HS2 reveals modular design for Thame Valley Viaduct

The 880-metre long structure will be made from prefabricated concrete segments that will simply slot together.

Not even the piers will be cast in situ.

The viaduct will cross the flood plain of the River Thame (a tributary of the Thames), just outside Aylesbury, carrying high-speed HS2 trains.

Set low into the landscape, the underside of the viaduct will be just three metres above the ground, with 36 spans, each 25-metres long.

The 35 concrete piers that support the viaduct will also be entirely made off site before being placed on their foundations, meaning that every major element of the structure will be prefabricated.

Traditionally, viaduct beams are secured together above each of the piers with a concrete diaphragm which is cast in situ. The larger pre-cast beams that will be used at Thame Valley can be secured directly to one another, removing the need for the diaphragm. Expected benefits of this include improved durability and reliability, saved time, cost savings and improved safety by reducing the need for people to work at height.

Thame Valley is one of 15 viaducts to be built by EKFB – a contracting consortium of Eiffage, Kier, Ferrovial Construction and Bam Nuttall – working with design partner ASC (a joint venture between Arcadis Setec and Cowi) and specialist architect Moxon.

Recent high speed rail projects in Spain informed the design of this viaduct, HS2 Ltd said. Two wide ‘box girder’ beams will be used for each span, instead of eight smaller beams, to simplify and speed up assembly.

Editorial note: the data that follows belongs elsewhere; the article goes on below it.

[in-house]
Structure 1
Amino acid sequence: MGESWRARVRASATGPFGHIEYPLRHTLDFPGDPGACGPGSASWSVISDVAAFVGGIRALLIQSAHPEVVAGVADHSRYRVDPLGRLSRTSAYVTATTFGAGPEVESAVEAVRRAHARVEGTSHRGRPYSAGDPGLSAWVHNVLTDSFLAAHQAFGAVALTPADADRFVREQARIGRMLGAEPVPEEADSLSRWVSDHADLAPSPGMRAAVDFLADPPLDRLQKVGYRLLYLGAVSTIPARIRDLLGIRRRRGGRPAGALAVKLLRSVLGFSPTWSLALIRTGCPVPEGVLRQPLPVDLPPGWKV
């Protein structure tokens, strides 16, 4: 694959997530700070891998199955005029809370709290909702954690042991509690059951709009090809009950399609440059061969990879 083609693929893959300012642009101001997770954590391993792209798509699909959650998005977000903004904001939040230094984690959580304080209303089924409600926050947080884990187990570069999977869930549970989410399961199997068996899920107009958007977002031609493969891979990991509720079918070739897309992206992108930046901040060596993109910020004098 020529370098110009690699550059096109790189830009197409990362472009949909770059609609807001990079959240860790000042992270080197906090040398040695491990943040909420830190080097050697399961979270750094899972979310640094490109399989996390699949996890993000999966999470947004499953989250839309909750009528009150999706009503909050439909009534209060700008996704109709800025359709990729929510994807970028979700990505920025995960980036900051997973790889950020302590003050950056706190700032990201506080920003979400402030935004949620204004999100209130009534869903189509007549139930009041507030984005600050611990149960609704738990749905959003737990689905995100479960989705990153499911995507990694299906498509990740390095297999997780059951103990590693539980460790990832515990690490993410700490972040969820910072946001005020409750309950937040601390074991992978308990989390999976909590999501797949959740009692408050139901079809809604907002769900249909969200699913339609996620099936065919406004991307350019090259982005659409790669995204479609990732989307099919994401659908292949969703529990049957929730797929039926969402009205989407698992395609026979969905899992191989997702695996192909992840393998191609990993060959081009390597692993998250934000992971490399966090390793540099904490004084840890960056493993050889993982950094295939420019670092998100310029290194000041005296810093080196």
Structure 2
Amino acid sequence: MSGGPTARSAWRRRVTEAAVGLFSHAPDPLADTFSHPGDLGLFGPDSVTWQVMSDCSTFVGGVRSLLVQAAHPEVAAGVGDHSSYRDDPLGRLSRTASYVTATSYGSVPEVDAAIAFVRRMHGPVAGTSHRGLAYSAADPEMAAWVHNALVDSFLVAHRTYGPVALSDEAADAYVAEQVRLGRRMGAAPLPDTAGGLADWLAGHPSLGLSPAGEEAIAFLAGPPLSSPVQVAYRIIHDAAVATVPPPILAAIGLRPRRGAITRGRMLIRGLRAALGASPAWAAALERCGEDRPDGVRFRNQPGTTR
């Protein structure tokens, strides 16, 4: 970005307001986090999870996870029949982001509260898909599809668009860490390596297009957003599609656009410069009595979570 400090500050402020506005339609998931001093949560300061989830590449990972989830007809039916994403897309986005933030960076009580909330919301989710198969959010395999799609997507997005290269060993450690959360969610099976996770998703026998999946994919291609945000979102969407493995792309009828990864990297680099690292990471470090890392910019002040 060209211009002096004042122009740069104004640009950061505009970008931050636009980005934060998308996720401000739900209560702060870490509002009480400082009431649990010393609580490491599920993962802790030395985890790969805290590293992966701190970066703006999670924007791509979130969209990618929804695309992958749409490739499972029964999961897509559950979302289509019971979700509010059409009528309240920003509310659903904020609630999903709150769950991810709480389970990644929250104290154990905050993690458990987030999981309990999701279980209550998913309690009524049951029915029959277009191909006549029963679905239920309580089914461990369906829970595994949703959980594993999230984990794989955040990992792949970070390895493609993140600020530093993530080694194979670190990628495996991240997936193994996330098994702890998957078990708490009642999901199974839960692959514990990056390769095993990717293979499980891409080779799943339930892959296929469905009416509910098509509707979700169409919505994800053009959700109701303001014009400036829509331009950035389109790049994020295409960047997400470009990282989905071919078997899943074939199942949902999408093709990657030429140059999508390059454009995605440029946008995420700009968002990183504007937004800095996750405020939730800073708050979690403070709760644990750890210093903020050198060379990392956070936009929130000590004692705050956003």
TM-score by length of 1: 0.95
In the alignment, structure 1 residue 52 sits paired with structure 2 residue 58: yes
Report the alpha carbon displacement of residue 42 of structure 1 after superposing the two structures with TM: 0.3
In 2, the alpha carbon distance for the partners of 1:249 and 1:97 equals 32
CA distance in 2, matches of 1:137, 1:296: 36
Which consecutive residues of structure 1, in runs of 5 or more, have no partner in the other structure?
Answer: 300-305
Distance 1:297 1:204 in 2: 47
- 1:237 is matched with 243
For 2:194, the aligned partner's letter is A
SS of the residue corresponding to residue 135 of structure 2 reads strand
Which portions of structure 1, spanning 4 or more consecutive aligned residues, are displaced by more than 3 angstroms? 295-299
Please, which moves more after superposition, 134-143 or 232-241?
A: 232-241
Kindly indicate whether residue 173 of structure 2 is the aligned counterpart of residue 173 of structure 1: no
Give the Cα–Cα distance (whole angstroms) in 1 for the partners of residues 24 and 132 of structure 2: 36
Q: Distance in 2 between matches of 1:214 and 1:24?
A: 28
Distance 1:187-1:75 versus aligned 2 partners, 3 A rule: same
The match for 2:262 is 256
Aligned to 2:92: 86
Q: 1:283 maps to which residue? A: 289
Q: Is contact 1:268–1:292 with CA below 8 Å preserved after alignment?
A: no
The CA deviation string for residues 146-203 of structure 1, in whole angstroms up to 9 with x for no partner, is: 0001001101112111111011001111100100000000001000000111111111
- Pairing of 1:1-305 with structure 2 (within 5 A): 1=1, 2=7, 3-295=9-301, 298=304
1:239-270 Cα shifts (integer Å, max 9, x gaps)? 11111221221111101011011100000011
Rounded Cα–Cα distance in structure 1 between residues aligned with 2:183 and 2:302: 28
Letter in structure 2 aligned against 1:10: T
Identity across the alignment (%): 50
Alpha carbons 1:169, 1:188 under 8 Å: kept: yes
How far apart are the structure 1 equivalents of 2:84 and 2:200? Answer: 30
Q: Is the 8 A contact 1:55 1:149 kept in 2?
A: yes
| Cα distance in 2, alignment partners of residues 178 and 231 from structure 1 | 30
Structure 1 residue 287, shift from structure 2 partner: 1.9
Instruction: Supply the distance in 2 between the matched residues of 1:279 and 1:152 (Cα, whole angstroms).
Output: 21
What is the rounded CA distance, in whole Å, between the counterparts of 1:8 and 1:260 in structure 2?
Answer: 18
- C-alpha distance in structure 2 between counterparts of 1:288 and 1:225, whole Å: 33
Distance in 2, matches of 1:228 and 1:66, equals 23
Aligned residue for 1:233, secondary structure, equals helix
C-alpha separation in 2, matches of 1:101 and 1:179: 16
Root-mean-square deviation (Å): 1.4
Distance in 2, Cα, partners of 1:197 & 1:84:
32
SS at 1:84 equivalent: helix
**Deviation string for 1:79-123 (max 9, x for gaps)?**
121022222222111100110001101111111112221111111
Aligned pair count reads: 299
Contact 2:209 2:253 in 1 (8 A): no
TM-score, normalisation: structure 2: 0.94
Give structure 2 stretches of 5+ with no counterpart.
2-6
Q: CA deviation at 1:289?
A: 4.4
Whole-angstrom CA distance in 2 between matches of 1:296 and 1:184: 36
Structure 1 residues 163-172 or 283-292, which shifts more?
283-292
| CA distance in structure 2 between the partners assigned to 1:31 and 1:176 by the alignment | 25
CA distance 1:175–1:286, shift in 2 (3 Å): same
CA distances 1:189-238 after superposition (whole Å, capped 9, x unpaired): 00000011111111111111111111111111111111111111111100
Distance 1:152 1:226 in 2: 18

HS2 Ltd head of civil structures Tomas Garcia said: “Prefabrication and off site manufacturing offer huge benefits in terms of efficiency and this design will help us deliver a more efficient, durable and elegant structure with less concrete and steel.”

The lighter-weight structure is expected to save 19,000 tonnes of embedded carbon in comparison to the previous design.  It also reduces lorry movements and disruption to local residents.

EKFB technical director Janice McKenna said: “The structurally efficient solution means we minimise the embedded carbon in the viaduct materials; and we have also been able to reduce emissions during construction by maximising off-site pre-fabrication to achieve an efficient build, as well as reducing the number of HGVs on local roads.”

Preparatory works have already begun on site near Aylesbury, with the design team also looking at whether a similar modular approach to construction can be applied to other, smaller viaducts elsewhere on the route.

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